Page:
Tip top of the six-story parking garage is the new home of RootTop Pontiac, a collaborative effort of Houston and her partners Tad Reiner, Houston Robertson, and Stephanie Love, a group of volunteers, and some undisclosed investors in Pontiac and Oakland County.

The project is scheduled to roll out in six phases between this summer and next summer. Meanwhile, plants are sprouting in Houston’s home in Pontiac.

“It’s like a tiny farm in my house right now. There’s a lot of lettuce growing in my extra bedroom,” Houston says.

Plants were specially chosen to thrive in containers and planter troughs in a rooftop setting and grow vegetables or encourage pollination. A future plan is to grow hops on trellis walls, then see the hops used by local brewhouse Fillmore 13.

The weight of the containers, fully loaded with root systems and wet soil, were specially calculated to be appropriate for the space.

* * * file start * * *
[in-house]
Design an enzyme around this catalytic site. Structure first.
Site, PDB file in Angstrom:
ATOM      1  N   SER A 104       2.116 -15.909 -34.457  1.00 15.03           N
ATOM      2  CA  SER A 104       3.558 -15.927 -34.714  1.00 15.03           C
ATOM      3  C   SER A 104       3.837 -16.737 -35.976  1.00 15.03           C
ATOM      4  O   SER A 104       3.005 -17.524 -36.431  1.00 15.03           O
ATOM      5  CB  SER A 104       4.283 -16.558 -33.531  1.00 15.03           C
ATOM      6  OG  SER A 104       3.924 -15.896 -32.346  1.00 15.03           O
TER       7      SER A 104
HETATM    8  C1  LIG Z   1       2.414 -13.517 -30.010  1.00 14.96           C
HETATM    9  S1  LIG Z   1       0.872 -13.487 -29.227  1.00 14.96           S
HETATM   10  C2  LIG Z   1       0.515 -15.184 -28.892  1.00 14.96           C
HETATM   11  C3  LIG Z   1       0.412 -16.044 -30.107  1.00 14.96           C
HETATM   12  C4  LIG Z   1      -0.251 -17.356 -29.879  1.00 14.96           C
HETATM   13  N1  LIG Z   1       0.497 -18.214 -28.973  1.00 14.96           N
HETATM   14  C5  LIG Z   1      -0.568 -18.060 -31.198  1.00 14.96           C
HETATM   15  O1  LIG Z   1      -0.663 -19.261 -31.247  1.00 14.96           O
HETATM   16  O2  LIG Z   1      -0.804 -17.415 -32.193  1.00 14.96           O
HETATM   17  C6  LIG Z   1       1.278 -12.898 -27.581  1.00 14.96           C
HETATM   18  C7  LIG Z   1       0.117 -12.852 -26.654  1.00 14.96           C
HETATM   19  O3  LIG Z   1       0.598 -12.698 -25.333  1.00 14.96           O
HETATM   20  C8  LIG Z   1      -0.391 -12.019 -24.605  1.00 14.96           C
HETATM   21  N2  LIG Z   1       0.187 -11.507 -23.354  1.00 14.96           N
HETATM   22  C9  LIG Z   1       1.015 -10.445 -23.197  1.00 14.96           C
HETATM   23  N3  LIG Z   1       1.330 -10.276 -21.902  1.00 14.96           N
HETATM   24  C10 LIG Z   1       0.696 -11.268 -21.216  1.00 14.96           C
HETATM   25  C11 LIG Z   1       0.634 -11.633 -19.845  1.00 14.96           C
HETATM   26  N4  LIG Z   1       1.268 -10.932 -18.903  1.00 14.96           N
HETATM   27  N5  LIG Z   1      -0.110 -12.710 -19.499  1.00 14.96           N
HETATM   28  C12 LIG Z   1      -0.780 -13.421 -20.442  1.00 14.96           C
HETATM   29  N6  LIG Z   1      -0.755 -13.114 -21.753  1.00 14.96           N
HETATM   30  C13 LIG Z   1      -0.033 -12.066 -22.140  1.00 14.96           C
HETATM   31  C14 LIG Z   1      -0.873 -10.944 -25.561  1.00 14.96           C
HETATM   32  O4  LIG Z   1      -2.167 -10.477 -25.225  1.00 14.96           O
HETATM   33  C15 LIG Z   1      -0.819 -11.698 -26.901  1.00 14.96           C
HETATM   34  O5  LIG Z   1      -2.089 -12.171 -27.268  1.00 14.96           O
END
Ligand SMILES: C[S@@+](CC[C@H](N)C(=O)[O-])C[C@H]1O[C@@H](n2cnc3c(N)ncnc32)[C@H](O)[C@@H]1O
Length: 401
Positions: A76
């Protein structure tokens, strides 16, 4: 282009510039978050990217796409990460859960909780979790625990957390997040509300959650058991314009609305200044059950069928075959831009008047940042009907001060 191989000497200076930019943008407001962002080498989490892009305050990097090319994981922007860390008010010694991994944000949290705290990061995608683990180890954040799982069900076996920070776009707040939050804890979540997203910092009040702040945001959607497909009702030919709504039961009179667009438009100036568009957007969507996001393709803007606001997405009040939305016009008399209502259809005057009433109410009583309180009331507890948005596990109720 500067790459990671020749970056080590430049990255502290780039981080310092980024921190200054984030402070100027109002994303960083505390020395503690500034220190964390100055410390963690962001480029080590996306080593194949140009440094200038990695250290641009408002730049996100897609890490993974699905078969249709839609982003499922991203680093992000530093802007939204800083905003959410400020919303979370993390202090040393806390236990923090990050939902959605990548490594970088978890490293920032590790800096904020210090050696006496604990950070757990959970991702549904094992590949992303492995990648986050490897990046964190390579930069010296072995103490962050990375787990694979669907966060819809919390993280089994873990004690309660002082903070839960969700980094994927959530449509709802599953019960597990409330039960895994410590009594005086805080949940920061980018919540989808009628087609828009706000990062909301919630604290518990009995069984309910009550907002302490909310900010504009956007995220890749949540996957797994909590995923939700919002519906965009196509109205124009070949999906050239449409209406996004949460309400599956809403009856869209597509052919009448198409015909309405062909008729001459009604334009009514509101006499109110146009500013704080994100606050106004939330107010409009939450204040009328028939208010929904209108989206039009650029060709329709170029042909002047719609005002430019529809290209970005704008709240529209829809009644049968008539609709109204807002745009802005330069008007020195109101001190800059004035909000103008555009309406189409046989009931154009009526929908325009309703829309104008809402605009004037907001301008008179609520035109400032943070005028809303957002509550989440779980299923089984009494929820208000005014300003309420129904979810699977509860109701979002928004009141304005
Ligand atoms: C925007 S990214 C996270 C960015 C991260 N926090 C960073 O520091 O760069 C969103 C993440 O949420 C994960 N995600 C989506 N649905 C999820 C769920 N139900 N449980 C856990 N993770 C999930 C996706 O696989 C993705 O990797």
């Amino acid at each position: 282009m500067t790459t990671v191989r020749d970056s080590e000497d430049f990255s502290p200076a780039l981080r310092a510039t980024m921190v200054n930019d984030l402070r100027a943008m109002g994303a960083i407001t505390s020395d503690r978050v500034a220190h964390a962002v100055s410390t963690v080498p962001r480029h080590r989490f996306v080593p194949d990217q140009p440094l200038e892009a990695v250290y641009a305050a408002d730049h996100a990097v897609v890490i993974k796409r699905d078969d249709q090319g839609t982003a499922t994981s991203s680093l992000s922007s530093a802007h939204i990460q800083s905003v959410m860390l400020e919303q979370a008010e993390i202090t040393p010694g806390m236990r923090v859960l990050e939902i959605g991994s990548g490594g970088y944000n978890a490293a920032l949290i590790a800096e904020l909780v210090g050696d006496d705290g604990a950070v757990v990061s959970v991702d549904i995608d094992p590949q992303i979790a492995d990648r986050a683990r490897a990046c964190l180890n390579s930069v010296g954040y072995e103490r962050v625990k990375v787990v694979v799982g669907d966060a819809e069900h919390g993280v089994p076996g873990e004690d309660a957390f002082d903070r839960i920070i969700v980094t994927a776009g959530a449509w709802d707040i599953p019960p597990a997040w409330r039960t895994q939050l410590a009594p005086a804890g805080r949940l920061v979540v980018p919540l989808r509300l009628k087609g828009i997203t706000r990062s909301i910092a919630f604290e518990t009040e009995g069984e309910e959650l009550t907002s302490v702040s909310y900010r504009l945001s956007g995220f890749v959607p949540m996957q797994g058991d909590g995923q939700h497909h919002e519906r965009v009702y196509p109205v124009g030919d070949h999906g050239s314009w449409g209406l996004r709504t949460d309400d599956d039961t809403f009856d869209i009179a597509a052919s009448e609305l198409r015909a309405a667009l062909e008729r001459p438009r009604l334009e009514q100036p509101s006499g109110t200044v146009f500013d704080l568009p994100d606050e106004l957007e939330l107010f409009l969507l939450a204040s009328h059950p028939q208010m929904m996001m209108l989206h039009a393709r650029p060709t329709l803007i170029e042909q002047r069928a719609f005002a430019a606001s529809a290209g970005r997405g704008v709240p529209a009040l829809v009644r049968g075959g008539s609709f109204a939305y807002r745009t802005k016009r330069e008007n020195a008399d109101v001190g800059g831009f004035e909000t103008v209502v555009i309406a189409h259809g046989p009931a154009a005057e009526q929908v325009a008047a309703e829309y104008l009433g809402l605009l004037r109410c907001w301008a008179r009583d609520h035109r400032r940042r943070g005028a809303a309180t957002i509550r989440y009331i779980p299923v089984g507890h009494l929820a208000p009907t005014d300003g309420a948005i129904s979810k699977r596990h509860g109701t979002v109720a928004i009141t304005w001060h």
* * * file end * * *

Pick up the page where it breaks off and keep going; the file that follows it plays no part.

“Tad [Reiner] is a mechanical designer for a sustainable engineering company, and a student at Oakland University, so it helps to have his skills on our team,” says Houston. Currently studying greenhouse gardening, with the goal of becoming a master gardener, Houston brings her own green thumb to the project, and, as an embroiderer at Pontiac’s Earth 2 Earth, an artistic flair, as well.

In its roots, the effort is collaborative, pulling in the skills of many volunteers. "Jonathan Sterns is a young architect who has donated much of his time and expertise to the project," says Reiner. "He provided renders and code knowledge while asking for absolutely zero in return. We're super grateful to him."

Eventually, the RootTop space will be available to rent for events, or for educational purposes.

“We are happy to be able to reimagine this underutilized parking space,” says Houston. “We have a lot of passion in urban agriculture. We see green spaces popping up in Detroit, and want to bring this to Pontiac.”